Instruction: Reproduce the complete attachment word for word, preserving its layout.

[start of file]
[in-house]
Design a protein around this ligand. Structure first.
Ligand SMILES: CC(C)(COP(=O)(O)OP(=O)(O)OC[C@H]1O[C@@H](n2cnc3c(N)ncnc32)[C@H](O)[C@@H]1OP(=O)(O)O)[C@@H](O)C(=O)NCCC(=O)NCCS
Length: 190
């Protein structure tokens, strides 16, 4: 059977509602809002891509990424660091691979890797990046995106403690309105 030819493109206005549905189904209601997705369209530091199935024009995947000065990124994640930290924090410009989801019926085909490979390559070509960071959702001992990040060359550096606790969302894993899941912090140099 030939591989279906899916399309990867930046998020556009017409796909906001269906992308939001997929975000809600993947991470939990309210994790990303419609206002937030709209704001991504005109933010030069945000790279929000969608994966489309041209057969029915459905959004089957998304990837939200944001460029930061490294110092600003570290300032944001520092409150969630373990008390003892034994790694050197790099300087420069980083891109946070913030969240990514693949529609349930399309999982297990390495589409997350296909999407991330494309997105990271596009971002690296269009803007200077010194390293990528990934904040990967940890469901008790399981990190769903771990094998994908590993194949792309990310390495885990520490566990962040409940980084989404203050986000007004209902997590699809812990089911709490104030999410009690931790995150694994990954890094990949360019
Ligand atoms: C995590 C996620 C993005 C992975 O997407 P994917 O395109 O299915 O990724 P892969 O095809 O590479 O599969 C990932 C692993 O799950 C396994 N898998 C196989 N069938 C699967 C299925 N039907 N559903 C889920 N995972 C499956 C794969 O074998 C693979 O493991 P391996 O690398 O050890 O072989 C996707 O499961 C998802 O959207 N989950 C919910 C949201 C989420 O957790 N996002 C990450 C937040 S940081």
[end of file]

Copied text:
[in-house]
Design a protein around this ligand. Structure first.
Ligand SMILES: CC(C)(COP(=O)(O)OP(=O)(O)OC[C@H]1O[C@@H](n2cnc3c(N)ncnc32)[C@H](O)[C@@H]1OP(=O)(O)O)[C@@H](O)C(=O)NCCC(=O)NCCS
Length: 190
């Protein structure tokens, strides 16, 4: 059977509602809002891509990424660091691979890797990046995106403690309105 030819493109206005549905189904209601997705369209530091199935024009995947000065990124994640930290924090410009989801019926085909490979390559070509960071959702001992990040060359550096606790969302894993899941912090140099 030939591989279906899916399309990867930046998020556009017409796909906001269906992308939001997929975000809600993947991470939990309210994790990303419609206002937030709209704001991504005109933010030069945000790279929000969608994966489309041209057969029915459905959004089957998304990837939200944001460029930061490294110092600003570290300032944001520092409150969630373990008390003892034994790694050197790099300087420069980083891109946070913030969240990514693949529609349930399309999982297990390495589409997350296909999407991330494309997105990271596009971002690296269009803007200077010194390293990528990934904040990967940890469901008790399981990190769903771990094998994908590993194949792309990310390495885990520490566990962040409940980084989404203050986000007004209902997590699809812990089911709490104030999410009690931790995150694994990954890094990949360019
Ligand atoms: C995590 C996620 C993005 C992975 O997407 P994917 O395109 O299915 O990724 P892969 O095809 O590479 O599969 C990932 C692993 O799950 C396994 N898998 C196989 N069938 C699967 C299925 N039907 N559903 C889920 N995972 C499956 C794969 O074998 C693979 O493991 P391996 O690398 O050890 O072989 C996707 O499961 C998802 O959207 N989950 C919910 C949201 C989420 O957790 N996002 C990450 C937040 S940081």